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The FSU Early Head Start Program
Welcome! The Florida State University (FSU) Early Head Start program is a federally funded home visiting program in Gadsden County, Florida that delivers comprehensive services to expectant and low-income families with infants and toddlers.

With its strong commitment to community service, the FSU Center for Prevention & Early Intervention Policy established its Early Head Start program in 1996. Today, this local model continues to demonstrate how quality supports and education empower vulnerable families to achieve greater stability and improve their child’s health, development, and school readiness.

Early Head Start is a federally funded community-based program serving low income families with infants and toddlers and expectant women. The mission of the program is to:
  • Promote healthy prenatal outcomes for pregnant women,
  • Enhance the development of very young children, and
  • Promote healthy family functioning.
FSU Early Head Start provides comprehensive child development services in the home.
  • Our Home Visitors promote positive birth outcomes. We provide helpful information to expectant mothers and fathers. We help them access needed services. We ensure parents prepare safe and healthy home environments for the arrival of their new babies.
  • Our Home Visitors coach parents to be their children’s first teachers. We do support families in the context of their natural environment. We include the whole family, for maximum long-term gains.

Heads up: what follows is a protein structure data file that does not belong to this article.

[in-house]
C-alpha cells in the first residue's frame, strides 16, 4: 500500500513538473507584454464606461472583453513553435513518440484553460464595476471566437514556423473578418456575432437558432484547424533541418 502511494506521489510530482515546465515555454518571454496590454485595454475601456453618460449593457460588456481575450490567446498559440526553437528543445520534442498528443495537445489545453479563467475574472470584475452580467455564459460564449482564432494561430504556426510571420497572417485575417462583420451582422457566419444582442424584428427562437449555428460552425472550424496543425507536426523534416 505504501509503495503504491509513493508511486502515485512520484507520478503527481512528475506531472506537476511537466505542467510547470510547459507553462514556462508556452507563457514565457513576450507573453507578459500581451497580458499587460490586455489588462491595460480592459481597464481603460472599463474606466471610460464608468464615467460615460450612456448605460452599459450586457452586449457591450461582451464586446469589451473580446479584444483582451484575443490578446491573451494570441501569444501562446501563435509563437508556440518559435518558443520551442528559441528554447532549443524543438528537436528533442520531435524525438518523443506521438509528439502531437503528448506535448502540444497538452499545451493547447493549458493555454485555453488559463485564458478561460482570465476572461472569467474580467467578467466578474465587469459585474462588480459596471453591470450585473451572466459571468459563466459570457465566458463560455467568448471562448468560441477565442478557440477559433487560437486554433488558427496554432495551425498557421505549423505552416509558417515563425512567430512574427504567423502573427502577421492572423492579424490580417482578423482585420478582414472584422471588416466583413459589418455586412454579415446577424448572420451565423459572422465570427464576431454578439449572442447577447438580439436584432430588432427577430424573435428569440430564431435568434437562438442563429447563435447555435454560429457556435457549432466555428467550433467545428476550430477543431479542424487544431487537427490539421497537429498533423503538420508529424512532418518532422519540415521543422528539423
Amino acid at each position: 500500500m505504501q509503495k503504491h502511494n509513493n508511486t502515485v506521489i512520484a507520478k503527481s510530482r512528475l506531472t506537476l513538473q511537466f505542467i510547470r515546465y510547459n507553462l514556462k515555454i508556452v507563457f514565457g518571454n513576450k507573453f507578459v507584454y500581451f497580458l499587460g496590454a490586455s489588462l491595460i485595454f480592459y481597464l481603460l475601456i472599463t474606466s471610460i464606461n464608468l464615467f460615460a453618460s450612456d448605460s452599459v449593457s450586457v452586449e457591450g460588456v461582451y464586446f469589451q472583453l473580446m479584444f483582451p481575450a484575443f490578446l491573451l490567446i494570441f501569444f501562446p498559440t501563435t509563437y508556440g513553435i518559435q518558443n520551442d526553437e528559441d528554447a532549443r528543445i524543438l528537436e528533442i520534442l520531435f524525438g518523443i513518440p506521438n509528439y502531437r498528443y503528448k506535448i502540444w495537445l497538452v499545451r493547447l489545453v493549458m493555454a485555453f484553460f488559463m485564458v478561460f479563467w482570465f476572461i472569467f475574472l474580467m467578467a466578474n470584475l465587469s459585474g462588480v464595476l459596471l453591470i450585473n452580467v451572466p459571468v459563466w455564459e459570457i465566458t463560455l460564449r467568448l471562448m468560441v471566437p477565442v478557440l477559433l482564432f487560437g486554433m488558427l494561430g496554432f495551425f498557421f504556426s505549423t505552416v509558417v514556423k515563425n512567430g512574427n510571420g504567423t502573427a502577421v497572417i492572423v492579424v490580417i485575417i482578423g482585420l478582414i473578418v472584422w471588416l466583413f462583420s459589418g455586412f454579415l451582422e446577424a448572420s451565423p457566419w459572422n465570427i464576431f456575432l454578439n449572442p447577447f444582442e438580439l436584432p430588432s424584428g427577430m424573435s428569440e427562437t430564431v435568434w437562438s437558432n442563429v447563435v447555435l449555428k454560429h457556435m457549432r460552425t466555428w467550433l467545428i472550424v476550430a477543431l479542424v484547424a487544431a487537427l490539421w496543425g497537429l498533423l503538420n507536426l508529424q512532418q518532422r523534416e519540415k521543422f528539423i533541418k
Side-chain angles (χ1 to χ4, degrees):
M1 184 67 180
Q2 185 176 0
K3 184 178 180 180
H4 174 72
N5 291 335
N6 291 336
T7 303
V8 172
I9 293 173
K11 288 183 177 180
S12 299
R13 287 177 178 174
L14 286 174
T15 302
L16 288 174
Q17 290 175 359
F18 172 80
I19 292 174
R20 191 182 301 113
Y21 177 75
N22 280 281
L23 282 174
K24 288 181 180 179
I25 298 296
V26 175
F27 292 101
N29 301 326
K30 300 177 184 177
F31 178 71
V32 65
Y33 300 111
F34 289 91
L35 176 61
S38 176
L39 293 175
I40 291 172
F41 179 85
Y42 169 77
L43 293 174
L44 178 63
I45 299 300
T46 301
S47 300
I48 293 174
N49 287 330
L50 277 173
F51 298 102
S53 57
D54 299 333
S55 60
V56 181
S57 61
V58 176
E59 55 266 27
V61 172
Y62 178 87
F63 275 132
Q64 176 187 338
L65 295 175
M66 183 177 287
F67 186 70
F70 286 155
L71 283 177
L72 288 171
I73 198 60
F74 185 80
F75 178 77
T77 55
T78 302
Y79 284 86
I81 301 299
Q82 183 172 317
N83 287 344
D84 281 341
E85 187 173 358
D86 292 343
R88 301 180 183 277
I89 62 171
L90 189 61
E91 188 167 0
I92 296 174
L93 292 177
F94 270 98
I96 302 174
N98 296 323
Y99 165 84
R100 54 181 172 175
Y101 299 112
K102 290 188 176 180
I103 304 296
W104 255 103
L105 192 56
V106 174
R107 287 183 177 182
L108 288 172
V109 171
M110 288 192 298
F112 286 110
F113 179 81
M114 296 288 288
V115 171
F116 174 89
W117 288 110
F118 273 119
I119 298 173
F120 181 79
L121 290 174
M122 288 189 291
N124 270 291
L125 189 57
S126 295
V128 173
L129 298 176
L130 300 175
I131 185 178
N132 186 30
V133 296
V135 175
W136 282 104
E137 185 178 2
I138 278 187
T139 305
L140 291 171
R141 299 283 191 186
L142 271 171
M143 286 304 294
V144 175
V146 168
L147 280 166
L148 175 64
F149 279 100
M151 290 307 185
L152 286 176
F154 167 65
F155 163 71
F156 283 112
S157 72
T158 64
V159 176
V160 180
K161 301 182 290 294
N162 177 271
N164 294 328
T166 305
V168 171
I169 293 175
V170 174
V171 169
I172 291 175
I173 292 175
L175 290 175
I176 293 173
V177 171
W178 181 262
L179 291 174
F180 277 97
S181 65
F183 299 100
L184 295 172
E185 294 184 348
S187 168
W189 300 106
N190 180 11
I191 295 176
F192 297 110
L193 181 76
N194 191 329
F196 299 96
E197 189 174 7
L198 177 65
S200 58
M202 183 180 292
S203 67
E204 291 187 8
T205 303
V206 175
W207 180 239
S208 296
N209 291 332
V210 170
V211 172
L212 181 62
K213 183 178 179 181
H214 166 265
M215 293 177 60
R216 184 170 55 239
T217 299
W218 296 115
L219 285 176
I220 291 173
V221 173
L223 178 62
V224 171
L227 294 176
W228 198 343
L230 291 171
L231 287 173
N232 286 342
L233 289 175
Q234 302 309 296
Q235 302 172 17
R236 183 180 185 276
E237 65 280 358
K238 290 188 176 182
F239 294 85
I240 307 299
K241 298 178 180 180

• Our Home Visitors demonstrate how parents can enrich their child’s development and school readiness. We show parents how to use inexpensive and readily available household materials to provide developmentally appropriate early learning experiences.
  • Our Home Visitors help families identify their strengths and set goals for the future for themselves and their children. We help families realize their dreams and work toward those goals. We celebrate their achievements that typically include higher education, employment, and increased financial stability.
  • Our Home Visitors reach out to families who need a network of support and help them make connections with other families. Rural communities often lack transportation resources and have few employment opportunities. Families who are isolated and impoverished need more supports and will thrive when they have a natural place to turn.
  • Our Home Visitors encourage families to participate in Group Socializations, otherwise known as "Play Groups." Play Groups help parents discover new learning activities to do with their children at home. Families meet and form friendships with others in the program. These linkages broaden the networks of support, offer opportunities to contribute and help each other. This leads to a strong sense of belonging within the community.
  • Our Home Visitors inspire confidence and competence in parents. All parents in our program learn more about their child’s development and have an opportunity to help make program decisions as part of the Parent Committee. Some parents step forward as leaders to serve on the program’s Policy Council, and everyone becomes strong advocates for their children and community.

2012-2013 Annual Report


Early Head Start is funded by the Administration for Children and Families,
U.S. Department of Health and Human Services.